Things turn out better than expected
We often have this negative expectancy that things are going to turn out the absolute worst. We allow our imaginations to go wild and we catastrophise so that we can often feel like the world is truly coming to an end. We mind read others, who are naturally talking about us (of course) and we jump to conclusions. We have a whole range of cognitive mental distortions all setting out to walk in partnership with your imagination to make sure you see your future as being really hard, really painful, really difficult and full of sorrow.
A Positive Expectancy
How often have we considered the worst only to find out that things turned out far better than expected?
This isn’t ‘kidding yourself’, or ‘being optimistic’; this is about acknowledging that our mind will often play tricks on us, fool us into thinking things are awful and then allow us to feel all the stress, anxiety and pain that comes with that.
When we begin to consider that the things that keep us up at night are still only in our heads and not really happening yet, and that things can turn out much better than expected, we can start to let go of those negative thoughts and turn our mind towards something more useful, optimistic and powerful.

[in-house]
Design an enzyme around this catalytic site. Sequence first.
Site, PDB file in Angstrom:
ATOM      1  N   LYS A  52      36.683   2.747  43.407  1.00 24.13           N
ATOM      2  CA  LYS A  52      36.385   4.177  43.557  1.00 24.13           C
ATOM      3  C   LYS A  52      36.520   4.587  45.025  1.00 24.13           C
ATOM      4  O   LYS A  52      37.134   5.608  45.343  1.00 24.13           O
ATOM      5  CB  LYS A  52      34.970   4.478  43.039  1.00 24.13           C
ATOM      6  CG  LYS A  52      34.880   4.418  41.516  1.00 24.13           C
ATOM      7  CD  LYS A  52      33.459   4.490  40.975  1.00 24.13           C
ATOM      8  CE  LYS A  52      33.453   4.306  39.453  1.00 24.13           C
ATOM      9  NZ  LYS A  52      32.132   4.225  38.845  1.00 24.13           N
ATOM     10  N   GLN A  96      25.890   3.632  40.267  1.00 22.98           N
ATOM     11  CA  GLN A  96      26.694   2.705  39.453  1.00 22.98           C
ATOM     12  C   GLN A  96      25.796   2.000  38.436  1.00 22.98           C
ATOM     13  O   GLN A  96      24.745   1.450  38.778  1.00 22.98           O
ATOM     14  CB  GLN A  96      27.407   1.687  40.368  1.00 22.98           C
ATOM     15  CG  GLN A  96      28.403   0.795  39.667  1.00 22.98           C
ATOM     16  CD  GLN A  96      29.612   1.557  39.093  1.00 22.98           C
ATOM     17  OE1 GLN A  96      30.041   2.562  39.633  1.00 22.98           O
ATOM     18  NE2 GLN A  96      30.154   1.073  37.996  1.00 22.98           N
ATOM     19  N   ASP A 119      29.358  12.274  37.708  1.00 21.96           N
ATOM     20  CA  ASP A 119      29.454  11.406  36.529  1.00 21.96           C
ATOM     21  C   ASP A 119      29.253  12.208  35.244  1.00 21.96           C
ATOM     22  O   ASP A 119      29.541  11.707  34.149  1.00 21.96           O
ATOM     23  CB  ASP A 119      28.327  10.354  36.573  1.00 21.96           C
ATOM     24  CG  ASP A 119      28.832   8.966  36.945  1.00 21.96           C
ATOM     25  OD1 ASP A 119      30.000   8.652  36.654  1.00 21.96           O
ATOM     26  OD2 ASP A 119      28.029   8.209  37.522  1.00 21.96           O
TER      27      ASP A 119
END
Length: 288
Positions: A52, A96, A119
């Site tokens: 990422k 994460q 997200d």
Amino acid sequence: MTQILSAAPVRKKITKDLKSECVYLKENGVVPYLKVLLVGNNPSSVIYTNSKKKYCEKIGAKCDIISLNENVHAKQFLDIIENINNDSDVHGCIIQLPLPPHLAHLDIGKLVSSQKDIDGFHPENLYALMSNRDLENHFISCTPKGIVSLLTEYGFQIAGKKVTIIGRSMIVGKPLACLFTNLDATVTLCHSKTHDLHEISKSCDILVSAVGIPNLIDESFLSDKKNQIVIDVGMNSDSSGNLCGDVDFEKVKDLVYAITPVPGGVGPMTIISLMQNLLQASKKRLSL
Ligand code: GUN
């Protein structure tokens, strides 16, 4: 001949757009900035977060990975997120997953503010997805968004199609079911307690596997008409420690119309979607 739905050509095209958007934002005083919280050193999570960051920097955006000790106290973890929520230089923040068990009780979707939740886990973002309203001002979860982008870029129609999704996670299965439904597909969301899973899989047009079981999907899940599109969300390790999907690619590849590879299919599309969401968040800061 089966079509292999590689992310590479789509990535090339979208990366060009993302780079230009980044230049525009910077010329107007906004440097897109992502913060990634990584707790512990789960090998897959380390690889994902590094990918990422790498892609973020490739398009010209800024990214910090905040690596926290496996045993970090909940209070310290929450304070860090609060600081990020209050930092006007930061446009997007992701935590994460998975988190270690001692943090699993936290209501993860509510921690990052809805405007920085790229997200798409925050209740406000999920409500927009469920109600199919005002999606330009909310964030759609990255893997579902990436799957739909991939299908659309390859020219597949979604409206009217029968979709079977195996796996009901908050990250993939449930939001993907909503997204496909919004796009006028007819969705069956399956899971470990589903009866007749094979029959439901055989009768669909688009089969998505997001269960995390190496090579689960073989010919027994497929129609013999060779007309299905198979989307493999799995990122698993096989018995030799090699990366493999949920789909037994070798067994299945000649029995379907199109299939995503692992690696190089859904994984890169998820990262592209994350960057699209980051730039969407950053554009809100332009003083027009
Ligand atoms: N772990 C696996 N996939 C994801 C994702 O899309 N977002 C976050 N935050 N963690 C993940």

What’s the best way to do this?
There is so much free information online regarding mindfulness that you could easily turn on this new behaviour immediately and gain results. I personally recommend the free offering at Headspace where you can use their 10 minutes by 10 days program to begin your experience with mindfulness.
Of course, hypnotherapy is also an excellent way to work with those negative thoughts, building positive expectancy, unique strategies with the resources that you already feel comfortable working with and making the best use of each day that you have been given.
For more information on how to make 2017 the best year yet, why not give Lawrence a call on 0403 821 807, email firstname.lastname@example.org or check out the website at www.releasehypnosis.com.au. Release Hypnosis is also currently running it’s Positive Change campaign throughout December.
And for a good laugh and a great release, enjoy this tribute from John Oliver to a truly awful year. (Language Warning for that video!)